LANGUAGE: Bengali with French/English subtitles

COLOR INFO: Black and White

RUNNING TIME: 158 minutes

ON COMPANY: Ribatan Ghatak/Ritwik Memorial Trust; National Film Archive of India; Bundesarchiv-Filmarchiv

PRODUCER: Habibur Rahman Khan

Restored in 2010 by Cineteca di Bologna /L’Immagine Ritrovata laboratory, in association with Ritwik Memorial Trust, the National Film Archive of India, and The Film Foundation’s World Cinema Project. Additional film elements provided by the Bundesarchiv-Filmarchiv. Restoration funded by Doha Film Institute.

If you were eighteen years old, growing up in New Delhi, a student of cinema, a cinephile or a plain film snob, it was given that you would swoon over the film-maker Ritwik Ghatak and spend endless hours in the Delhi University canteen discussing his films, his alcoholism, and his eventual death from Tuberculosis. An ‘avant garde’ Writer and Director, Ghatak had caught the imagination of many of us who carried Mao’s Red Book’ and quoted liberally from it (in English) at the drop of a hat. After all, didn’t Ghatak (a card carrying Communist) film the extreme poverty and the cultural extinction of Bengal by Imperialism? Because of the political ‘din’ surrounding much of Ghatak’s work, ironically the work itself, as opposed to the man’s personality and politics, got neglected by the legion of his die-hard fans (me included!). It was only years later when I saw his epic, A River Called Titas, that I swooned for totally different reasons. The film is a work of pure genius. A passionate elegy for a dying culture, it moved me profoundly, and continues to haunt me to this day. Based on a novel by the Bengali author Advaita Barman and adapted for the screen by Ghatak, A River Called Titas, tells the raw and powerful story of a dying river and a dying culture.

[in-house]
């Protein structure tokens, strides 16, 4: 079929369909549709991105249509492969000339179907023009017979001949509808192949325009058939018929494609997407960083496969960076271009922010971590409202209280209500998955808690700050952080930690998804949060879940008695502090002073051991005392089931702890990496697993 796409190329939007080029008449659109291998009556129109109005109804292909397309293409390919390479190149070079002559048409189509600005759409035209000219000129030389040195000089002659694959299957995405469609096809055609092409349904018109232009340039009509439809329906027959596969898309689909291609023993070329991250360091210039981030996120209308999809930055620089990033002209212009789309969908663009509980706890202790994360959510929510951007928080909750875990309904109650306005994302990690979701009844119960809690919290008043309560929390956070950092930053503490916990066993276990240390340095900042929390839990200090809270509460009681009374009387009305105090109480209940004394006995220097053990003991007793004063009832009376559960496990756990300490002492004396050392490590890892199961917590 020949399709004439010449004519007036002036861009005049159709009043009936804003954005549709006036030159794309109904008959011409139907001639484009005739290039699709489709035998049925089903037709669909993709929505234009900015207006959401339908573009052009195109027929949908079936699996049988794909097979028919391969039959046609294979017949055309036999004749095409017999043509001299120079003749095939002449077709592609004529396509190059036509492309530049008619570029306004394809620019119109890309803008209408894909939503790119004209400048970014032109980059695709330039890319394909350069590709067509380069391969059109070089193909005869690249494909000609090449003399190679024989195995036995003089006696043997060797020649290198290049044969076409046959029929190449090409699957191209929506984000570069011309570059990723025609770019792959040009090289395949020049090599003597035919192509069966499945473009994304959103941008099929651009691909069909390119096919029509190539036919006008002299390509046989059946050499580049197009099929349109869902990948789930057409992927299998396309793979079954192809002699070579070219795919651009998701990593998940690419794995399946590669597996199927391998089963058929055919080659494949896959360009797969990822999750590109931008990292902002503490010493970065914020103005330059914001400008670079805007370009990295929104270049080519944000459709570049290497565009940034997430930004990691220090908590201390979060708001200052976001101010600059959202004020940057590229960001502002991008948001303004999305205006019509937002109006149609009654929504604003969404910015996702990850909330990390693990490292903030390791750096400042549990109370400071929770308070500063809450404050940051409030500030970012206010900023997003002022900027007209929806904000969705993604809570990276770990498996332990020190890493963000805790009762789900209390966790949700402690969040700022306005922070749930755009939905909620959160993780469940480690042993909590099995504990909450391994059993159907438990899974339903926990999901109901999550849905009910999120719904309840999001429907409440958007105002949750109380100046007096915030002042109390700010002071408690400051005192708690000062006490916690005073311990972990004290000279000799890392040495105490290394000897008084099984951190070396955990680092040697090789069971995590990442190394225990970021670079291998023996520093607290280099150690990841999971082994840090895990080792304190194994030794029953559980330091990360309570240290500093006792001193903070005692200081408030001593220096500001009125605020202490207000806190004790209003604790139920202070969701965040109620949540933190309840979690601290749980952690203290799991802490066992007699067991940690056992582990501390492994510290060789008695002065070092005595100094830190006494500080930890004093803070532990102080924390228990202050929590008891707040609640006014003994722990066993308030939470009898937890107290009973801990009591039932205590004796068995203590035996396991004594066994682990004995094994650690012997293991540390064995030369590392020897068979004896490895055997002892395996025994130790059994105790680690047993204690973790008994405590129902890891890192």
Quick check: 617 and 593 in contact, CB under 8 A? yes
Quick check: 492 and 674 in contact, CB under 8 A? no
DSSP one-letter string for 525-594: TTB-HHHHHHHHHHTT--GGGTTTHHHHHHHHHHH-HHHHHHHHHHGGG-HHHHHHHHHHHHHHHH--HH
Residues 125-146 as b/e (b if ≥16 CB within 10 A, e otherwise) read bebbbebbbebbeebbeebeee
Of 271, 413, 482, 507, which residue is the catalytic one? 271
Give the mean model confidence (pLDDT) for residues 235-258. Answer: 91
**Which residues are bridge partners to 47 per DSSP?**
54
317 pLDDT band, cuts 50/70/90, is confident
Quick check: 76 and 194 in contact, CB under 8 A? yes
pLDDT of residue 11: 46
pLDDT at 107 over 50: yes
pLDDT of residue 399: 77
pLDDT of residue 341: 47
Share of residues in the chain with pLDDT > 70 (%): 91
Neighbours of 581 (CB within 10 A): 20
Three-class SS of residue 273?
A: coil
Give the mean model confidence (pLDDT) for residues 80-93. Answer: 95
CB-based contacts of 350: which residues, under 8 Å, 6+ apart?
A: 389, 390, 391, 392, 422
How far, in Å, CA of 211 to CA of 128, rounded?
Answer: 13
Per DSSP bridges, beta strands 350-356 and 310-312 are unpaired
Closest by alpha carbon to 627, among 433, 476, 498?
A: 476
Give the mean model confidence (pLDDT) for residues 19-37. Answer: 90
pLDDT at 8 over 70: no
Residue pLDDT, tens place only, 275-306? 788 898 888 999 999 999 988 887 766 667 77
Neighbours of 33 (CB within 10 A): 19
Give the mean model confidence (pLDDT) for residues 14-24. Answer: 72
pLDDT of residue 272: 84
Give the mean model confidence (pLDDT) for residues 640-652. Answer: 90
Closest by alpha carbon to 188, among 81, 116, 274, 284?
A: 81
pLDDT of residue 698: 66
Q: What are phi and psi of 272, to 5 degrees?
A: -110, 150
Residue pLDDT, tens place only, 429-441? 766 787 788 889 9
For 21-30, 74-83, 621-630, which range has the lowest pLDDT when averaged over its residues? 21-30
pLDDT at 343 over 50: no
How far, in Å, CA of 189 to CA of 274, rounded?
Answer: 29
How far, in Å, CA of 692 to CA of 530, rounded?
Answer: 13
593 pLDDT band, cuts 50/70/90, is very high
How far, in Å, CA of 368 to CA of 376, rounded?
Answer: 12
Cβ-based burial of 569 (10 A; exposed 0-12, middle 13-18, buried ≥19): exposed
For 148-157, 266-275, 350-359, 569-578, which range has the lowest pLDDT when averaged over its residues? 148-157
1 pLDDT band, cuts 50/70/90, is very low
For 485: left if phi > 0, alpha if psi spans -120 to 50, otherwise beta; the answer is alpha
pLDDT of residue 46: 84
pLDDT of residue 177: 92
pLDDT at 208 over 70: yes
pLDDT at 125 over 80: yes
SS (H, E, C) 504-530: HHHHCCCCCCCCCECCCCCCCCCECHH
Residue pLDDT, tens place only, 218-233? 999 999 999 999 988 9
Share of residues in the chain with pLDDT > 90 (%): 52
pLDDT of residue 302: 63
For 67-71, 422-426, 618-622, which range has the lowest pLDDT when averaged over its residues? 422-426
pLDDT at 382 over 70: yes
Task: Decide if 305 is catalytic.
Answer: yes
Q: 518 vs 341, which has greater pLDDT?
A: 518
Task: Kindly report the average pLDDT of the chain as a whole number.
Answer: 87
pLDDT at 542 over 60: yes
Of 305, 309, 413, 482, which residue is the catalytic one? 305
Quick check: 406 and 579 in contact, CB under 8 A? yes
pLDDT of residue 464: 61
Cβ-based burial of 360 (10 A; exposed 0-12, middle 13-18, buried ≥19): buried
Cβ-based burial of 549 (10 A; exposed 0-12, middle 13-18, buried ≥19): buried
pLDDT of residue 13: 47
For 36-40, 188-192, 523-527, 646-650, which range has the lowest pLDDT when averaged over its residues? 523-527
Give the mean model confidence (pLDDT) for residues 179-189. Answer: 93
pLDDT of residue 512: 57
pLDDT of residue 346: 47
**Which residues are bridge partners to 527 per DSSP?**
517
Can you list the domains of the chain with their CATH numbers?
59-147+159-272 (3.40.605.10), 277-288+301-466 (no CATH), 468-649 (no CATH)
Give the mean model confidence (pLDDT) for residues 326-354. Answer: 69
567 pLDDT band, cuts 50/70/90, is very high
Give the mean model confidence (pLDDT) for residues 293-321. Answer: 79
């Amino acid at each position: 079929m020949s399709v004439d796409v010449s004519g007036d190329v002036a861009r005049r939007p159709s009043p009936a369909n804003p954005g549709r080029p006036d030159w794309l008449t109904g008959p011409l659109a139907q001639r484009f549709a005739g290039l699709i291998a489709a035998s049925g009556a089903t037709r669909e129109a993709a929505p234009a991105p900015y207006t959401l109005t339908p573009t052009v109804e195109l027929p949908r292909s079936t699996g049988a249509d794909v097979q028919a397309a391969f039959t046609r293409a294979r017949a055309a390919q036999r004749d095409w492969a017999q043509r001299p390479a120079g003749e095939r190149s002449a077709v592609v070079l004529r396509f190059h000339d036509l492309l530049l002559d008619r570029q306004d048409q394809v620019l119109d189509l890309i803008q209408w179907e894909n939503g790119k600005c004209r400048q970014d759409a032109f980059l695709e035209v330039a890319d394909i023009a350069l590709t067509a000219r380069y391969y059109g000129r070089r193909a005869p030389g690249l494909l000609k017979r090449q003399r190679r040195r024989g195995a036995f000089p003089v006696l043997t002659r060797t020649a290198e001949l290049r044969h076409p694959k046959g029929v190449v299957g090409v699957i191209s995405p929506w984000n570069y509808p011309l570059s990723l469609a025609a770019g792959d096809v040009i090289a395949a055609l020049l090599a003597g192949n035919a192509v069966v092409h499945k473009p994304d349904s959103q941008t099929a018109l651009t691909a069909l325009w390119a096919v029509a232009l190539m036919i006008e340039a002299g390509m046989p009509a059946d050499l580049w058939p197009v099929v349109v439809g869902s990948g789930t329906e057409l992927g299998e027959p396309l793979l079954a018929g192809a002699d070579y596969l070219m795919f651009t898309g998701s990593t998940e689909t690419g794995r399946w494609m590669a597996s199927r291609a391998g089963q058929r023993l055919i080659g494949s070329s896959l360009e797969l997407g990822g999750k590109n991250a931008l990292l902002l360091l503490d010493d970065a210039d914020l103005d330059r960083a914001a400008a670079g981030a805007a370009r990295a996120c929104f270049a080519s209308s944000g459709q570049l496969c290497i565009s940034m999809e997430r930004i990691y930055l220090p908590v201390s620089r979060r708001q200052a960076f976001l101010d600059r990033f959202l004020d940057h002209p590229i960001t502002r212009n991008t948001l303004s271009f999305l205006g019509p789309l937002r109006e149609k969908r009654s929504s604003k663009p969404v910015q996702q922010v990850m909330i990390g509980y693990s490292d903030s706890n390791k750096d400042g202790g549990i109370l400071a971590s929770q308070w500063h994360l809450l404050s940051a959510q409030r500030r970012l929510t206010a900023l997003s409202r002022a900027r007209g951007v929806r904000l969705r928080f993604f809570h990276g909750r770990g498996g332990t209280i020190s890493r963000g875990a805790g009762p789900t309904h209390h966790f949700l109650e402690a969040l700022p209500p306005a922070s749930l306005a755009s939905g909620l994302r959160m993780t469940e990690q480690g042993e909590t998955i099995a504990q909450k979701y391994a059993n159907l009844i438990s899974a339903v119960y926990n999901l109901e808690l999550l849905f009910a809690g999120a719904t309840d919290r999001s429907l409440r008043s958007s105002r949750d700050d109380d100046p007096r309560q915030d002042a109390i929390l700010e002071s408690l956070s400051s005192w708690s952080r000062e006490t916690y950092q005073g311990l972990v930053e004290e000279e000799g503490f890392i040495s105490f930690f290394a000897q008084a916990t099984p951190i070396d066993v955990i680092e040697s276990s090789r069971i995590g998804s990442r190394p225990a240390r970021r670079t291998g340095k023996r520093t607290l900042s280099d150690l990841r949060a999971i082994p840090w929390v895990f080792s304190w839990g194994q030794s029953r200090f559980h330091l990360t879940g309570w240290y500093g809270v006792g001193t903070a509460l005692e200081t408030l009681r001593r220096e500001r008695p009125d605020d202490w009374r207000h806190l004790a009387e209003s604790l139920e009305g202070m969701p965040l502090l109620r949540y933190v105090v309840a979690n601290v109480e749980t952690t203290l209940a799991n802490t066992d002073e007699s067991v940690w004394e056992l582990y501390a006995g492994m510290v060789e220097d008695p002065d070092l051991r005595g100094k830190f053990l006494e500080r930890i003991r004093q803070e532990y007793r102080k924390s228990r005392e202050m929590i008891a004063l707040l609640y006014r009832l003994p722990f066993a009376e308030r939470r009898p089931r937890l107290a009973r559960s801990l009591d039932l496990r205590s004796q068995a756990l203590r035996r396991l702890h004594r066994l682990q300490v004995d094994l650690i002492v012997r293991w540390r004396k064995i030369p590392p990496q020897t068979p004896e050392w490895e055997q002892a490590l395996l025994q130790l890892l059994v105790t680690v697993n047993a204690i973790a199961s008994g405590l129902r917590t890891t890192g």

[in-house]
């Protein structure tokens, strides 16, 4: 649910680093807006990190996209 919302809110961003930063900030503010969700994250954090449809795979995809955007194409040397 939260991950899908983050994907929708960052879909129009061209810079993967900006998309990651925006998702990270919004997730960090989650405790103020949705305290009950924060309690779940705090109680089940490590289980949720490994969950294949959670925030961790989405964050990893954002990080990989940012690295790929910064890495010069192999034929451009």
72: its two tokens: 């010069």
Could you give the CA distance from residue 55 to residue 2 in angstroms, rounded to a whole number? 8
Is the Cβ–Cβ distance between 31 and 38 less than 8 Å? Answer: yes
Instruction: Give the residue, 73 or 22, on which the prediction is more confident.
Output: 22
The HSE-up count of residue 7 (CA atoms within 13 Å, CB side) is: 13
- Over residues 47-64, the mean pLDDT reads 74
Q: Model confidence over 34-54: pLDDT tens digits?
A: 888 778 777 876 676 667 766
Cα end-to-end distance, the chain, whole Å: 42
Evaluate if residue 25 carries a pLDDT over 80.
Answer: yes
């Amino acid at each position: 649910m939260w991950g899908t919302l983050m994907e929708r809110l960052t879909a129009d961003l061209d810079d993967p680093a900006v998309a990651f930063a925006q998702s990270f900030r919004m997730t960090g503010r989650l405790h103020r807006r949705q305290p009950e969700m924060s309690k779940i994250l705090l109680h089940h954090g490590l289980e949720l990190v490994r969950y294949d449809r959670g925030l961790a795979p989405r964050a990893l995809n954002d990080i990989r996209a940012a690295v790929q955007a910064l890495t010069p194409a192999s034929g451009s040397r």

–Deepa Mehta, May 2010


The restoration of A River called Titas used the camera and sound negatives and a positive print provided by the Ritwik Memorial Trust and held at the National Film Archive of India. As the original negative is incomplete and some reels were severely damaged, a combined lavender and a positive print provided by the Bundesarchiv-Filmarchiv were also used. The digital restoration produced a new 35 mm internegative.

Image: © Courtesy of Ritaban Ghatak - Ritwik Memorial Trust

ARMENIA | 1969



Director: Sergei Parajanov

WRITTEN BY: Sergei Parajanov

EDITING: Maria Ponomarenko


MUSICAL DIRECTOR: Tigran Mansurian

SOUND: Yuri Sayadyan

ART DIRECTOR: Stepan Andranikian, Mikhail Arakelian

STARRING: Sofiko Chiaureli (the Poet as a youth, the Poet’s Beloved, the Nun in White Lace, the Angel of the Resurrection, the Pantomime), Melkon Alekian (the Poet as a child), Vilen Galustian (the Poet as a monk), Georgi Gegechkori (the Poet in Old Age), Hovhannes (Onik) Minsasian (the King), Spartak Bagashvili (the Poet’s father), Medea Japaridze (the Poet’s mother), Grigori Margarian (Sayat Nova’s teacher)


LANGUAGE: Armenian


RUNNING TIME: 77 minutes

Restored by Cineteca di Bologna/L’Immagine Ritrovata laboratory and The Film Foundation’s World Cinema Project, in association with the National Cinema Centre of Armenia and Gosfilmofond of Russia. Restoration funded by the Material World Charitable Foundation.